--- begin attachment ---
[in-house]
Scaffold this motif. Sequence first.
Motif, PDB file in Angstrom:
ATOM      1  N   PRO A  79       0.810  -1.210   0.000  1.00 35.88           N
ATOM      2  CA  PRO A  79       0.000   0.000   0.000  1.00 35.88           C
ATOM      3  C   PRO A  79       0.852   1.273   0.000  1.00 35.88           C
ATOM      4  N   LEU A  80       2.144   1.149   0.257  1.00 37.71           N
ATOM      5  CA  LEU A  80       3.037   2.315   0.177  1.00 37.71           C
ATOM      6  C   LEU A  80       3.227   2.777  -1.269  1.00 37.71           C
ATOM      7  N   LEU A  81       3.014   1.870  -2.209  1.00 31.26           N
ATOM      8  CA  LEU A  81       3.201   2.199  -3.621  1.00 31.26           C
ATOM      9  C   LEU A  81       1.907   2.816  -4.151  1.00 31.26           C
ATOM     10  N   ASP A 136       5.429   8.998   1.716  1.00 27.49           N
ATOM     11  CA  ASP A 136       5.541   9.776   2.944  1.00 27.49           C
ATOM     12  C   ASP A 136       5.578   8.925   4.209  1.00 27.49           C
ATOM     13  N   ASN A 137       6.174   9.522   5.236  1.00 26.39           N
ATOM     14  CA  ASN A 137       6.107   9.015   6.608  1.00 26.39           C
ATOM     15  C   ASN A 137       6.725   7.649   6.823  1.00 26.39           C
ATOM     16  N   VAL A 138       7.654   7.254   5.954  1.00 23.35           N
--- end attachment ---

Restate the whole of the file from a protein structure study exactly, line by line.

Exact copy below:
[in-house]
Scaffold this motif. Sequence first.
Motif, PDB file in Angstrom:
ATOM      1  N   PRO A  79       0.810  -1.210   0.000  1.00 35.88           N
ATOM      2  CA  PRO A  79       0.000   0.000   0.000  1.00 35.88           C
ATOM      3  C   PRO A  79       0.852   1.273   0.000  1.00 35.88           C
ATOM      4  N   LEU A  80       2.144   1.149   0.257  1.00 37.71           N
ATOM      5  CA  LEU A  80       3.037   2.315   0.177  1.00 37.71           C
ATOM      6  C   LEU A  80       3.227   2.777  -1.269  1.00 37.71           C
ATOM      7  N   LEU A  81       3.014   1.870  -2.209  1.00 31.26           N
ATOM      8  CA  LEU A  81       3.201   2.199  -3.621  1.00 31.26           C
ATOM      9  C   LEU A  81       1.907   2.816  -4.151  1.00 31.26           C
ATOM     10  N   ASP A 136       5.429   8.998   1.716  1.00 27.49           N
ATOM     11  CA  ASP A 136       5.541   9.776   2.944  1.00 27.49           C
ATOM     12  C   ASP A 136       5.578   8.925   4.209  1.00 27.49           C
ATOM     13  N   ASN A 137       6.174   9.522   5.236  1.00 26.39           N
ATOM     14  CA  ASN A 137       6.107   9.015   6.608  1.00 26.39           C
ATOM     15  C   ASN A 137       6.725   7.649   6.823  1.00 26.39           C
ATOM     16  N   VAL A 138       7.654   7.254   5.954  1.00 23.35           N